"We all hate corporate-speak and impenetrable, needlessly complex language — but Roam's (Back of the Napkin) ire is at an altogether different level. He rails against the iniquities of 'blah-blah-blah' — the hopped-up pompous language that leads to complexity (which kills our ability to think), misunderstanding (which kills our ability to lead), and boredom (which kills our ability to care). The solution, he proposes, is learning with images rather than words, which we do as children — and are then dissuaded from ever doing again, with the exception of standouts such as the Periodic Table of the Elements, the world's greatest organization chart. Through a series of charming line drawings starring a fox representing the linear, verbal mind and a hummingbird representing the synthesizing, visual mind, Roam presents his theories on how to present ideas and arguments such that they can be readily understood — which unfortunately, boils down to the rule to 'use images instead of words' and not much else. It's tough to miss the irony of a book decrying the unnecessary complication of language spinning out a single idea through dozens of unnecessary illustrative examples." Publishers Weekly Copyright PWxyz, LLC. All rights reserved.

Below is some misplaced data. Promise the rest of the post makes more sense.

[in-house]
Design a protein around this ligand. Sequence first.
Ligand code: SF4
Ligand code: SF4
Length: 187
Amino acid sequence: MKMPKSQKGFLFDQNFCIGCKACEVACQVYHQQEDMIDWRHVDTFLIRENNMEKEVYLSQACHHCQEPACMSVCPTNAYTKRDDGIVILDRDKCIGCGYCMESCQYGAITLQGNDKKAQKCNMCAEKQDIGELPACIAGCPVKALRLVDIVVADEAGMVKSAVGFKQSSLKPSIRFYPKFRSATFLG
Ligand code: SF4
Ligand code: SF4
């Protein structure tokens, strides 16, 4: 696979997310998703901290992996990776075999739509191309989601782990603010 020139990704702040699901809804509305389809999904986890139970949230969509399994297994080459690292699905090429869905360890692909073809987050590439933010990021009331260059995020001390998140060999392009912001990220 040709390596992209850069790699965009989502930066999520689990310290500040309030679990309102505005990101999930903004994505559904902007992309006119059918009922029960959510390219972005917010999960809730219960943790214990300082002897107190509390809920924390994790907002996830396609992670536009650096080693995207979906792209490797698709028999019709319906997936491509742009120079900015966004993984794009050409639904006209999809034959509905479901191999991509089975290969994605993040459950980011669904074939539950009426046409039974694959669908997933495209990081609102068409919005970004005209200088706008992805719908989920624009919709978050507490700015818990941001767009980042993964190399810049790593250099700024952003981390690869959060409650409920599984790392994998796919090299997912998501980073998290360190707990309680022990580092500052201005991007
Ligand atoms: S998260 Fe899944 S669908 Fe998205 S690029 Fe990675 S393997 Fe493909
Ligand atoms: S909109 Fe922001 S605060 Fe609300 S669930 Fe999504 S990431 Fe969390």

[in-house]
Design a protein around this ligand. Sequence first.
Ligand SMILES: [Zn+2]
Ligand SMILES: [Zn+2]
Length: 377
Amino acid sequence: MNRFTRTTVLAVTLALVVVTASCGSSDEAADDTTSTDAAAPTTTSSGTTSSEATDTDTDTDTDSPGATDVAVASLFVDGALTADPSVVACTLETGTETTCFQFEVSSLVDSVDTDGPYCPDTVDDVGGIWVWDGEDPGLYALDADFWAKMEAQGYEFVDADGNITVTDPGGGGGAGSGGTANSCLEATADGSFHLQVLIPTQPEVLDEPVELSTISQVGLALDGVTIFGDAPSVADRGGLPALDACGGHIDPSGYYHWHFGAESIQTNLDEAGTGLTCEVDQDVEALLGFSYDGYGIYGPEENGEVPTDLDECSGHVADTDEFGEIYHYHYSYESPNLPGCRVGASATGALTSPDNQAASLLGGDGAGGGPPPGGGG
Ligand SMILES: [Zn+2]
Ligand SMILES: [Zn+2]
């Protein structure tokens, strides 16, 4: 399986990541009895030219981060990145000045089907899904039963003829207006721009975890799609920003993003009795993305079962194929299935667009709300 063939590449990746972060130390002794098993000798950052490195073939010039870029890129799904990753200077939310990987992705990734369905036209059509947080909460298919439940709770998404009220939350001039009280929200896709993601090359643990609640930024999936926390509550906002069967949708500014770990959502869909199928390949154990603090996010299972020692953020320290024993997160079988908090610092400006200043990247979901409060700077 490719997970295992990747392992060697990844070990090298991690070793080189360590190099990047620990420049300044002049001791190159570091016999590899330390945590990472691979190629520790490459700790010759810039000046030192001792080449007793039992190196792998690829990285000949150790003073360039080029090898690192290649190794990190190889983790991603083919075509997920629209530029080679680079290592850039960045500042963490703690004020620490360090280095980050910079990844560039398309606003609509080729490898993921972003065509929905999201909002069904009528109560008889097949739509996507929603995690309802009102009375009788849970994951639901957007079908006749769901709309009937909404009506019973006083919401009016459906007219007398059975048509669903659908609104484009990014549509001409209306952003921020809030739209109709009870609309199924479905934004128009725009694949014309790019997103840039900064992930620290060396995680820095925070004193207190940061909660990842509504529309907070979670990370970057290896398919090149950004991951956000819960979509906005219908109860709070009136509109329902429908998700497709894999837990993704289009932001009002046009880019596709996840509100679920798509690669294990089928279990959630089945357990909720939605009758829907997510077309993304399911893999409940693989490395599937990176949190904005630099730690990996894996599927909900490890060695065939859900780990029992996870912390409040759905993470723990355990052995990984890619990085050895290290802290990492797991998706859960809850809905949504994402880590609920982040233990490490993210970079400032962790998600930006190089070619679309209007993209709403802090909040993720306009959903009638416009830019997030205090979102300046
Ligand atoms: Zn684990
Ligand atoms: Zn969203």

Book News Annotation:
Roam, an author associated with a management consulting firm that uses visual thinking to solve complex problems, addresses the overuse, misuse, and abuse of language that creates complexity, misunderstanding, and boredom in communication. He demonstrates an easier way to think about complicated things, understand ideas, and make learning about complex ideas more engaging. Using illustrations and examples from Bernie Madoff to VitaminWater, he outlines a tool for detecting problems; a set of guidelines for avoiding them by engaging the verbal and visual minds, called vivid thinking; and a path to follow so that ideas are vibrant, clear, and memorable. Annotation ©2011 Book News, Inc., Portland, OR (booknews.com)
A visual guide to making extraordinary presentations by the acclaimed author of The Back of the Napkin